slightly (5) 15:15 140:15,18 143:17 120:4 121:25 122:2 surnames (1) 134:13 test (1) 121:12 155:23,25 156:20 toppy (1) 12:1
22:18 28:15 39:25 stage (7) 14:25 26:8 122:24 123:24 surprised (2) 35:4 TEU (10) 3:7 4:3 5:7 157:1 topsy (2) 30:7,8
141:19 30:23,24 57:3 75:5 124:2,16 125:4,7 81:1 6:5 12:16,23 13:25 thinking (5) 10:1 total (1) 35:11
slower (1) 14:1 149:9 127:19 133:12 suspect (4) 11:15 14:1,2 16:11 32:16 58:12 107:19 totality (3) 23:1 77:16
slowly (1) 112:22 stages (2) 81:25 134:8 135:5 137:12 20:10 114:16 153:5 TEUs (1) 13:23 109:23 78:7
small (9) 12:22 13:15 107:21 139:18,19 152:20 suspended (7) 48:20 text (6) 53:18 54:4 thinks (5) 10:12 11:12 touched (1) 12:9
14:4 33:15 71:3 Stalevskaya (2) 130:4 153:5,20 154:4,13 49:1,4,7,10 50:6 71:13,15 132:23 78:22 117:19 tough (1) 154:7
72:9 117:23 154:20 132:4 158:4,8,13,17 67:4 135:9 119:16 trail (1) 20:12
155:8 stand (3) 43:9 84:24 Stroilov’s (1) 66:11 suspicion (2) 17:5,6 thank (29) 2:19 4:13 third (10) 56:25 57:11 training (3) 139:19,22
Smirnov (2) 144:13 141:5 structure (8) 29:16,18 suspicions (1) 77:18 14:15 17:21 19:10 61:3,4,7 71:25 72:1 139:23
154:15 standard (2) 5:7 25:21 29:24,25 30:4,9 Sutcliffe (2) 11:10,25 29:10 34:18 39:11 80:21 130:22 transaction (1) 146:4
social (2) 154:18,23 start (10) 16:10 29:5 32:11 33:12 Sworn (2) 42:14 158:7 39:12 40:6,7 41:8 140:22 transcript (7) 16:13
sold (1) 71:3 29:20 39:5 138:1,2 structured (1) 34:13 41:17 43:12 83:14 thought (11) 7:4 63:6 17:17 111:13,17
solicitors (3) 9:18,18 152:7 153:3,13 study (4) 66:21 75:16 T 104:23 109:1,6 63:20 73:18 118:5 112:4 125:25
59:23 154:9 104:13 133:22 tab (2) 27:1,8 112:7 115:6 133:12 118:23,25 121:5 133:19
Solon (2) 139:21,23 starting (1) 104:1 studying (1) 30:3 135:12 137:11,19 123:12 142:19 transcripts (7) 155:12
tactics (3) 44:20 54:16
solution (2) 123:16 starts (4) 8:10 53:18 stuffing (1) 3:20 137:20 138:21 153:15 155:13,15,16,22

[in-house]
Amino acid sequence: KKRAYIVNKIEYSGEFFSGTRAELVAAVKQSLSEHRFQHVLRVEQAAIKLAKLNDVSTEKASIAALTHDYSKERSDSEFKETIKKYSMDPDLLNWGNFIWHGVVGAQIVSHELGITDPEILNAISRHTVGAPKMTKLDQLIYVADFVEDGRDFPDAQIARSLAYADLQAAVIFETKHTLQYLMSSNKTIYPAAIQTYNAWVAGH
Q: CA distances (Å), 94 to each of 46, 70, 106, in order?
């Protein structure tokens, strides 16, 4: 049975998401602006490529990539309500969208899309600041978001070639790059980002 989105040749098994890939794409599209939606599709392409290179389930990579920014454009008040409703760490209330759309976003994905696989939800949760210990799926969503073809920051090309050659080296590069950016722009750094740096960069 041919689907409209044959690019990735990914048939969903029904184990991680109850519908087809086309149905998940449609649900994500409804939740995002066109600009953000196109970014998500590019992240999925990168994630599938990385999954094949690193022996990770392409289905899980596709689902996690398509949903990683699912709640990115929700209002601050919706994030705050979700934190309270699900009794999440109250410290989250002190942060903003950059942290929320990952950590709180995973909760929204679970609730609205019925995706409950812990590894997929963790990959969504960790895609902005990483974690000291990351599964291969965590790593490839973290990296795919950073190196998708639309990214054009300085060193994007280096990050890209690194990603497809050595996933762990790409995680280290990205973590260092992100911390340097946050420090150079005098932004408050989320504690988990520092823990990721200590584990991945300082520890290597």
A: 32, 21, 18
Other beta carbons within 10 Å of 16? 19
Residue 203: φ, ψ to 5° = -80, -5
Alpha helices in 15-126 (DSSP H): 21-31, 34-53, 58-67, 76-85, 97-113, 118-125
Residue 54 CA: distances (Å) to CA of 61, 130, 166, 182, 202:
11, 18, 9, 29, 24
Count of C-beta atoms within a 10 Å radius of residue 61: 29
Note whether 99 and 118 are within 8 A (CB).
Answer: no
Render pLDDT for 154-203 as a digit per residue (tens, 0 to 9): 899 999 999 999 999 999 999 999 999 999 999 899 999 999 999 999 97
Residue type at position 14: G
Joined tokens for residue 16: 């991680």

74:17
124:1 129:8 142:9 subject (7) 10:4,6 29:1 152:20 155:6,19 thousand (1) 38:1 156:6,11
take (38) 4:1 6:2,13
somebody (2) 44:8 state (5) 15:20 44:17 53:4 69:16 102:10 thanked (1) 41:16 three (7) 6:8 12:17 transfer (9) 69:25
9:1 10:8 15:4 18:23
45:1 59:17 71:17 115:3 123:9 THC (1) 8:18 15:5 32:3 55:13 70:10,18 72:4,14
25:24 26:15 31:6
somewhat (1) 141:23 stated (2) 22:20 29:11 submission (2) 6:14 THCs (1) 3:23 130:1 147:12 72:17 73:3 112:15
35:7 39:24 42:4
soon (6) 1:7 64:8 statement (45) 9:17 10:13 thereabouts (3) 65:16 throughput (2) 13:21 131:9
44:5,10 47:16
104:19,22 109:15 10:21 19:4 39:23 submit (3) 108:23 66:7 85:3 18:14 transhipment (6) 3:18

Opus 2 International transcripts@opus2.com
Official Court Reporters +44 (0)20 3008 5900

168

March 3, 2016 Day 21 Redacted

6:4 12:12,21 13:4 106:16,18 111:3 verified (2) 52:25 53:1
13:22 116:3 125:13 131:1 verify (1) 53:11
translated (2) 105:23 140:3 144:6 145:15 version (8) 36:22
150:14 145:18 147:9,20 130:15,21,23 135:7
translation (5) 112:20 148:10 156:25 135:9 146:25,25
113:3 125:23 127:2 understanding (6) versions (1) 122:2
150:13 14:21 63:21 70:21 vessel (2) 12:16,23
translators (1) 107:10 70:22 141:2 156:12 view (9) 14:25 18:10
transpired (1) 64:8 understood (7) 44:19 122:17 124:12,23
transpires (1) 24:18 45:10 58:14 80:19 132:12 153:6,23,24
transportation (2) 107:1 110:9 136:11 viewed (1) 133:10
104:15 123:4 undertake (2) 24:11 Vinarsky (8) 64:15
travelling (1) 109:20 104:18 65:6 80:6,16,23
treat (2) 19:12,20 undertook (1) 145:6 135:14,17 136:9
treated (5) 66:11 67:4 undisclosed (1) virtually (3) 48:23
67:21 81:4 110:18 121:10 49:2 142:12
triage (1) 122:3 unfortunately (4) vis-a-vis (1) 142:21
trial (4) 23:8 42:23 103:22 109:20 Vitaly (14) 31:2 32:7
43:10 103:10 134:6 149:7 48:13 50:7 52:6,12
tried (2) 64:5 144:17 unfounded (1) 77:20 54:13 56:21 60:24